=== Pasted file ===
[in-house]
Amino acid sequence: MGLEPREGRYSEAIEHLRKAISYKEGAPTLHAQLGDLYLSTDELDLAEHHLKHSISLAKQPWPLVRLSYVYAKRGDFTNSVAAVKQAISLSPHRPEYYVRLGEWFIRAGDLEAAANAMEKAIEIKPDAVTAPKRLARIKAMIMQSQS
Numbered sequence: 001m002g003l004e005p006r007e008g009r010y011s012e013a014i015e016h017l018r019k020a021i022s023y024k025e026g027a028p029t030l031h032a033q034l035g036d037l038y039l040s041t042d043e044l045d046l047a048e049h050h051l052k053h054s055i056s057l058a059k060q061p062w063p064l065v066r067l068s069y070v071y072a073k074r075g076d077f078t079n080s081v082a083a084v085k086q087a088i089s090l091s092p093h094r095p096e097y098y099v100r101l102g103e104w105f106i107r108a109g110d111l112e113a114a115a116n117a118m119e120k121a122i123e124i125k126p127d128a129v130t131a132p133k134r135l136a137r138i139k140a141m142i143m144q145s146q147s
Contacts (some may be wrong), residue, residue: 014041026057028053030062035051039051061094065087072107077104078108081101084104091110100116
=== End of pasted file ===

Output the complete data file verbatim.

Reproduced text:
[in-house]
Amino acid sequence: MGLEPREGRYSEAIEHLRKAISYKEGAPTLHAQLGDLYLSTDELDLAEHHLKHSISLAKQPWPLVRLSYVYAKRGDFTNSVAAVKQAISLSPHRPEYYVRLGEWFIRAGDLEAAANAMEKAIEIKPDAVTAPKRLARIKAMIMQSQS
Numbered sequence: 001m002g003l004e005p006r007e008g009r010y011s012e013a014i015e016h017l018r019k020a021i022s023y024k025e026g027a028p029t030l031h032a033q034l035g036d037l038y039l040s041t042d043e044l045d046l047a048e049h050h051l052k053h054s055i056s057l058a059k060q061p062w063p064l065v066r067l068s069y070v071y072a073k074r075g076d077f078t079n080s081v082a083a084v085k086q087a088i089s090l091s092p093h094r095p096e097y098y099v100r101l102g103e104w105f106i107r108a109g110d111l112e113a114a115a116n117a118m119e120k121a122i123e124i125k126p127d128a129v130t131a132p133k134r135l136a137r138i139k140a141m142i143m144q145s146q147s
Contacts (some may be wrong), residue, residue: 014041026057028053030062035051039051061094065087072107077104078108081101084104091110100116